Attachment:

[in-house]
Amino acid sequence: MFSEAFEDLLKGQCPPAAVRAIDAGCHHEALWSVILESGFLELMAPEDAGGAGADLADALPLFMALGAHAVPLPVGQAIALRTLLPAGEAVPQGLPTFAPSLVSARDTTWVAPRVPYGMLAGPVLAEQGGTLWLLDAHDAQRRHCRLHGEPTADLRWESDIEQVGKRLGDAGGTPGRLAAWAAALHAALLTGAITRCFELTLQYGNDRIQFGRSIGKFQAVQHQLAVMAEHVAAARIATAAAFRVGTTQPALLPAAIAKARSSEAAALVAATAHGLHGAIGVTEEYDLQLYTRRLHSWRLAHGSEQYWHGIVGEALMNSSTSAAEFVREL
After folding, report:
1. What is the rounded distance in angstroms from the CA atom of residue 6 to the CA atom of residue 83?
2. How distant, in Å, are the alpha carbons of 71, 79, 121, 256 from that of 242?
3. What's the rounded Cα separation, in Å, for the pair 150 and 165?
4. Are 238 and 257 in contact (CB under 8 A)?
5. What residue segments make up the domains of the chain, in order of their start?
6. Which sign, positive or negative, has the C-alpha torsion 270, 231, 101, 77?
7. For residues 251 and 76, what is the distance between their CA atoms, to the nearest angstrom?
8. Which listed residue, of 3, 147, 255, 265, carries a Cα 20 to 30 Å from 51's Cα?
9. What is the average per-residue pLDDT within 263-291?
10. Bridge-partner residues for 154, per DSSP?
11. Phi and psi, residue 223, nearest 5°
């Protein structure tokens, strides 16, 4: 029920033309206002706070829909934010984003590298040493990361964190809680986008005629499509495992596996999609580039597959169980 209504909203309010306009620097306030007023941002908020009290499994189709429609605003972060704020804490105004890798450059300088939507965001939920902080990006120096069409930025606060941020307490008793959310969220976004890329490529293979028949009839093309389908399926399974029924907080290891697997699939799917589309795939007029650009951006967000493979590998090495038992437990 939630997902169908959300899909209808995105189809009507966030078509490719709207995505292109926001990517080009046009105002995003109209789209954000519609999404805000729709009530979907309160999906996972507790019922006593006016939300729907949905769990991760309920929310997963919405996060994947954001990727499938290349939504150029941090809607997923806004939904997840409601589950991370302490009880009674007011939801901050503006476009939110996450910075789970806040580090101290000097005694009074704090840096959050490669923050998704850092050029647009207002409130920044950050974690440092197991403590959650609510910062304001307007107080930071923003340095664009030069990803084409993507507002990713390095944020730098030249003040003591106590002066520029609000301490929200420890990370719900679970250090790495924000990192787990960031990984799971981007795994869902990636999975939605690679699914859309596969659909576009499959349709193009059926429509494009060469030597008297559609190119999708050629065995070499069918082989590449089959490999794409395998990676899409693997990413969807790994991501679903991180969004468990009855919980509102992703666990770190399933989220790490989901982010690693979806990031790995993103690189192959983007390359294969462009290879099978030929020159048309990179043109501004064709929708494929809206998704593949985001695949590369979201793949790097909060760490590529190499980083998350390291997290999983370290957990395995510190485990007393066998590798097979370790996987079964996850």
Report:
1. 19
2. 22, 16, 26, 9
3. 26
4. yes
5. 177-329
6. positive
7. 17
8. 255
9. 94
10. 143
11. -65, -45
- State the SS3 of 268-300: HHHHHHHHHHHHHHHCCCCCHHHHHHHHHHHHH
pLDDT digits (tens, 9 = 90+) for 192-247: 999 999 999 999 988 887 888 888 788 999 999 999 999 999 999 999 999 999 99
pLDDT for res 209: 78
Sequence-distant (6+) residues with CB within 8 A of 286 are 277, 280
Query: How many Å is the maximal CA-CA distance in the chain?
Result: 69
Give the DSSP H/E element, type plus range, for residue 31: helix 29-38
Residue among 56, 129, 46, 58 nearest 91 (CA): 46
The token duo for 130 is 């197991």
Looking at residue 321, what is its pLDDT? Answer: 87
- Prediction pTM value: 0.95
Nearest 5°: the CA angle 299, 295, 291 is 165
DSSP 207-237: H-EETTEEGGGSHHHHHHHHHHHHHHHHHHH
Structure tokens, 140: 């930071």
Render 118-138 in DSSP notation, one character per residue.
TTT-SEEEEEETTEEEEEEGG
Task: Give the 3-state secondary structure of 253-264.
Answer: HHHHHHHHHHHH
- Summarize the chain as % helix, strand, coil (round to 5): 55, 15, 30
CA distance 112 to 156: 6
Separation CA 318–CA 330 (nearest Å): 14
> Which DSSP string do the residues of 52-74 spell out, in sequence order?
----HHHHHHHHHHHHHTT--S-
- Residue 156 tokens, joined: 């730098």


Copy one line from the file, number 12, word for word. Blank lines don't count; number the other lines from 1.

9. What is the average per-residue pLDDT within 263-291?